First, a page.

- The original orchestra included 26 musicians playing 22 different instruments due to the wide variety of musical styles throughout the show.
- The ragtime style of music was one of the main influences on the early development of jazz and the blues. As jazz grew in popularity, ragtime slowly faded from the forefront, but it has had several revivals throughout the years.
Characters in the Show:
Coalhouse Walker, Jr.: A ragtime pianist who is in love with Sarah. He woos her with ragtime tunes, and then when tragedy hits, he seeks vengeance by resorting to violence and setting fires. He becomes a notorious celebrity, and is publically condemned by Booker T. Washington.
Sarah: Love interest of Coalhouse Walker, Jr. Her wedding is postponed, and when she tried to seek help, tragedy strikes.
Father: The head of a well-to-do white family, and a manufacturer of fireworks. He leaves for a voyage to the North Pole, and when he returns, he finds things have changed far beyond his understanding. He unsuccessfully tries to reconnect with the world left behind before his journey. His sense of nostalgia and connection for the past prevents him from adapting to the realities of the new world in which he exists.
Mother: Married to Father. She represents the rapidly changing ideals and cultural norms evident during the time period. She embraces the changes that she sees happening in the country.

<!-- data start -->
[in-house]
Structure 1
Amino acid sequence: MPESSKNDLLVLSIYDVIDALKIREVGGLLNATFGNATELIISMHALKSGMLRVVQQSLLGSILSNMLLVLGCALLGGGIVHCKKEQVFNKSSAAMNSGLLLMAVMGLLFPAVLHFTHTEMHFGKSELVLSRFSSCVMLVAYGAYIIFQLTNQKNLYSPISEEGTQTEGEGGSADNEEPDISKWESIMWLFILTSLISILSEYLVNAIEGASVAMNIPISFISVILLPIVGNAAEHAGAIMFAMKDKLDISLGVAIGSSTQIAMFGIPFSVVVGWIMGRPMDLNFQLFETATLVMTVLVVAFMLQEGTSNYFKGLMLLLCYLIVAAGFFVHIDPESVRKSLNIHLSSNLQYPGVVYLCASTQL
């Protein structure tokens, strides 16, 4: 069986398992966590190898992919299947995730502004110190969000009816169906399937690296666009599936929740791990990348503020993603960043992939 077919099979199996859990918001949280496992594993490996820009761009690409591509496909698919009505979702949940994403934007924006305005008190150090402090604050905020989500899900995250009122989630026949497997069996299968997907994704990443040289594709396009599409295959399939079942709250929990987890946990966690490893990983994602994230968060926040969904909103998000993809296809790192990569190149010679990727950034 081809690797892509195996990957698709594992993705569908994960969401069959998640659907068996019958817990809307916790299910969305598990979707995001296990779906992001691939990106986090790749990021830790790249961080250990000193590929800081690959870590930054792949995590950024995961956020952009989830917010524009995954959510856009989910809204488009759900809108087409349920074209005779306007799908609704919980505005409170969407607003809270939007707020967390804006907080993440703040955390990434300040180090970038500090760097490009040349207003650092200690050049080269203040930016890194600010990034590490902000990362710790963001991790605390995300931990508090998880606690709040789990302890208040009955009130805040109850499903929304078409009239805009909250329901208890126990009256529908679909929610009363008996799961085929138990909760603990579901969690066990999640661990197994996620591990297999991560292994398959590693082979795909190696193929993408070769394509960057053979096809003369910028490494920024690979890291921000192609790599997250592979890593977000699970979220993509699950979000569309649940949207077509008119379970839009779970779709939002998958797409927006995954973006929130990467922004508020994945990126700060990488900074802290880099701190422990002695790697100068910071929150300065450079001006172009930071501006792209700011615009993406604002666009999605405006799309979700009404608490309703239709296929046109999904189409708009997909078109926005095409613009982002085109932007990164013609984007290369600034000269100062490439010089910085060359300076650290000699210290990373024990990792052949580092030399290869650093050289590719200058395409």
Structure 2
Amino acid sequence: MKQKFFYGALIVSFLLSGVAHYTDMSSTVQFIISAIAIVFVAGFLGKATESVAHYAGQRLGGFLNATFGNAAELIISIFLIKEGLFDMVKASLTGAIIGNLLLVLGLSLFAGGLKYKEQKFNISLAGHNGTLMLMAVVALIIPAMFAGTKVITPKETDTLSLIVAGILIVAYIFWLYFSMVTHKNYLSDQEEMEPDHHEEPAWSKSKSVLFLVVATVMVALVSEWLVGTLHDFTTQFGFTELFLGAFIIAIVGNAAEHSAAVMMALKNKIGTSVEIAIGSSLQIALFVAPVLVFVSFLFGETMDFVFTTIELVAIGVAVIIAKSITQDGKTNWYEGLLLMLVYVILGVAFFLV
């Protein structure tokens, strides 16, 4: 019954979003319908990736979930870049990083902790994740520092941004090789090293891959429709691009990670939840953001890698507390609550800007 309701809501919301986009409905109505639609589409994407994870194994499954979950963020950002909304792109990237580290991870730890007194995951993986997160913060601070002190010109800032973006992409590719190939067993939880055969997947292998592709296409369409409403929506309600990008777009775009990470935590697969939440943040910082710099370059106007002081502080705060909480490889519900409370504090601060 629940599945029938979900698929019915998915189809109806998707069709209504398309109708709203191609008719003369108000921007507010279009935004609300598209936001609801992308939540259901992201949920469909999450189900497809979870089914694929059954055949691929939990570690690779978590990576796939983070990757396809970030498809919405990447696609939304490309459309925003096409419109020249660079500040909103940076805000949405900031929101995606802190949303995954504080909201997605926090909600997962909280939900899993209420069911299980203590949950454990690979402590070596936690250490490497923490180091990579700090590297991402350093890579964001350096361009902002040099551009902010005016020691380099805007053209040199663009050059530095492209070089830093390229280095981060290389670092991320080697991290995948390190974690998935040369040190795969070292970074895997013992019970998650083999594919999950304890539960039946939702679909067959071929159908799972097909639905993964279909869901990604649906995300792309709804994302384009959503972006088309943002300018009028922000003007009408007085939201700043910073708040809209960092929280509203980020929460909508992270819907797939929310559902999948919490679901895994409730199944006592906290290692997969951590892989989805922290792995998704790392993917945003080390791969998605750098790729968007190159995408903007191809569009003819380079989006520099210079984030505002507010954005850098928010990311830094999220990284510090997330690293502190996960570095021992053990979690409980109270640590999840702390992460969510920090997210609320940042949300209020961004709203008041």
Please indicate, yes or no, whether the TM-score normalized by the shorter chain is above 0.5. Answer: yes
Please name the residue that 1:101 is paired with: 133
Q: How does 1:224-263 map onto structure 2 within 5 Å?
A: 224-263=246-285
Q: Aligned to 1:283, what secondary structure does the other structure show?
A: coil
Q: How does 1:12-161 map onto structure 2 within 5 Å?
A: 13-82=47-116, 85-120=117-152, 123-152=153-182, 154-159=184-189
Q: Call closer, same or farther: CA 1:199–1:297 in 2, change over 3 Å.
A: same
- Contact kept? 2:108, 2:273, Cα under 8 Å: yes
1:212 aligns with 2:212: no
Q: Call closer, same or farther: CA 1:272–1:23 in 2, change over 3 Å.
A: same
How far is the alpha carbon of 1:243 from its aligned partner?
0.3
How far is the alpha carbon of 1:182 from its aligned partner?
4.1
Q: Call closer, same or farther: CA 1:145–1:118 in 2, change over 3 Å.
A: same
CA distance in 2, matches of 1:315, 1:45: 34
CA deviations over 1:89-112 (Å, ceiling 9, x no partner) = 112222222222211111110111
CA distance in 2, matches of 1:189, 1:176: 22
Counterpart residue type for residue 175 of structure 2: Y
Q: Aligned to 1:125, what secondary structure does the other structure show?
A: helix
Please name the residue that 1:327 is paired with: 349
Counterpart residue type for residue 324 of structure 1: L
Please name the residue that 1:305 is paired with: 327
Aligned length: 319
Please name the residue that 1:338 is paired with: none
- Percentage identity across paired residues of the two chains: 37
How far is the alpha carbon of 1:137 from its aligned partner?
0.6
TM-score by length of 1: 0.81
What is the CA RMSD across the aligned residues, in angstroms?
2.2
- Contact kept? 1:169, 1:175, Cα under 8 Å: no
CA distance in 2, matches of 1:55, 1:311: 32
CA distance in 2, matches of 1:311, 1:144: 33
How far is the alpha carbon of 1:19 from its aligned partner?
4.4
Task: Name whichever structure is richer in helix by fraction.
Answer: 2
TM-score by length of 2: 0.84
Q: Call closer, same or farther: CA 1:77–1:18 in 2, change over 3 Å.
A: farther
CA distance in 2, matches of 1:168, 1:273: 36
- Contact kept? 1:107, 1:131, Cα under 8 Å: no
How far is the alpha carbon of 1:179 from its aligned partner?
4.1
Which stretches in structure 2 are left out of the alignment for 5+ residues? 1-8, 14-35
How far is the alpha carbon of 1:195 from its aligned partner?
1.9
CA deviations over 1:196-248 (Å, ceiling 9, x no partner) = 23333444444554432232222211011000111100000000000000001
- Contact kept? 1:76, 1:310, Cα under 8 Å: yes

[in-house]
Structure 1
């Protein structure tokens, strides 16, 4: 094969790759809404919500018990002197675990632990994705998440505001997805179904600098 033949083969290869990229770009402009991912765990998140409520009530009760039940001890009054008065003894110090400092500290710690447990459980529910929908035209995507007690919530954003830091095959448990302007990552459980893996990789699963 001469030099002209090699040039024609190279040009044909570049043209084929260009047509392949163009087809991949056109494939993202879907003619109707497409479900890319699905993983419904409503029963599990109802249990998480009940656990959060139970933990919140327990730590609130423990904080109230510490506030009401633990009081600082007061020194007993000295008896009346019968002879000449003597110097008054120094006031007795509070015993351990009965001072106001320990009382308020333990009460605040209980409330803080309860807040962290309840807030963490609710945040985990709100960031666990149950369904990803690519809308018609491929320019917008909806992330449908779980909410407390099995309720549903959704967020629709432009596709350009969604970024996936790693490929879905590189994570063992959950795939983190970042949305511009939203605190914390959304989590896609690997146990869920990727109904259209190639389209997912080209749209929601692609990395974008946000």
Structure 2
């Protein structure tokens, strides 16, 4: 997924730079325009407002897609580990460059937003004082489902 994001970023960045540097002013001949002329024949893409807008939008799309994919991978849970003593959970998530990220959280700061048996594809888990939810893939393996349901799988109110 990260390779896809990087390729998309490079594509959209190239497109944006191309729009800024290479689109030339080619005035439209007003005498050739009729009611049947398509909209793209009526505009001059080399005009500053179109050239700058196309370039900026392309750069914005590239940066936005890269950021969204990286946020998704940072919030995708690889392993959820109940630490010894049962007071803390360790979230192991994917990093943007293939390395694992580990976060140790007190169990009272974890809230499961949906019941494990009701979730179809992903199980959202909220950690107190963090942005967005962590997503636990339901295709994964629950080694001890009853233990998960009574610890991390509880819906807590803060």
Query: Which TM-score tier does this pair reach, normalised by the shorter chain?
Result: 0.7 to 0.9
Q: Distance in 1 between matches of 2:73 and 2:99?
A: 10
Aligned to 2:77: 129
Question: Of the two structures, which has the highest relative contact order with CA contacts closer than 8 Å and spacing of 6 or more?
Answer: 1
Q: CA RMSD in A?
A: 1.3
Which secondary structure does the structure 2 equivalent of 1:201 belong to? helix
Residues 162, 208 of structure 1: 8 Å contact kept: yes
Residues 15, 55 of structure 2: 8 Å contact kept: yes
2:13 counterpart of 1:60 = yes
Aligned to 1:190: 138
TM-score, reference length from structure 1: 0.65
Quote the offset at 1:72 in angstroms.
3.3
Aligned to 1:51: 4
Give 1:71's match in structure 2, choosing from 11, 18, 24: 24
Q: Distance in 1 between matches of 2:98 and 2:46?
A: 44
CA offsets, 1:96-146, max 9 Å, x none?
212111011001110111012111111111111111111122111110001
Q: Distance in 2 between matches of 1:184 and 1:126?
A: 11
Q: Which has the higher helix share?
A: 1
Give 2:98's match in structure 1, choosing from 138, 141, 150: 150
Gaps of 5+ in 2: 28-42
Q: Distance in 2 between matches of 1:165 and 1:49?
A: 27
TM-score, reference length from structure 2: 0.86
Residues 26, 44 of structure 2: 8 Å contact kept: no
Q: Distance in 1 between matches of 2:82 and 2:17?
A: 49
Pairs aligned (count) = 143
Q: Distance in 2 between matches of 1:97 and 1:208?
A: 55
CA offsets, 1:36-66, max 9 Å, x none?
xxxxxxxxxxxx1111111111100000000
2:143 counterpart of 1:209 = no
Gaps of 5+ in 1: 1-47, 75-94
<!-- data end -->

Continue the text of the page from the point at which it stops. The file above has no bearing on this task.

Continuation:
Tateh: A Jewish artist who immigrates to New York with his young daughter. He progresses from having naïve optimism about the new world to being miserable in the face of poverty. He is fully committed to his daughter, and does everything he can to make life better for her.
Younger Brother: Mother’s Younger Brother. An intense, awkward young man who is always searching for something fulfilling in his life. He lacks direction and focus.
Grandfather: Grandfather of the well-to-do white family. Very crotchety and set in his ways.
The Little Boy (Edgar): Son of Mother and Father. Inquisitive, smart, and creative. He becomes friends with Tatah’s daughter.
The Little Girl: Tatah’s daughter. She is reserved, quiet, and mature for her young age. Becomes friends with The Little Boy.
Harry Houdini: One of the many historical figures in the show. Houdini embodies the story of an immigrant’s success in America.
Evelyn Nesbit: Historical figure. Evelyn is a model, chorus girl, and actress that is at the height of her popularity. She is idolized by Younger Brother.
Booker T. Washington: Historical Figure. Washington attempts to be the example of wisdom and restraint for his people in the face of many injustices. He is idolized by Coalhouse.
Emma Goldman: Historical figure. Attempts to enlist Tateh in the fight for worker’s rights. Sometimes seen as a staunch anarchist, she is able to inspire large masses to take action even under the possibility of strong consequences.
Henry Ford: Historical figure. Very folksy and full of himself. Explains the system of automated production to Coalhouse.
JP Morgan: Historical figure. Entrepreneur who represents the highest of the high in society. His library is invaded by Coalhouse.
Willie Conklin: Willie epitomizes racial intolerance, and is the spark for Coalhouse’s mini-revolution.Share: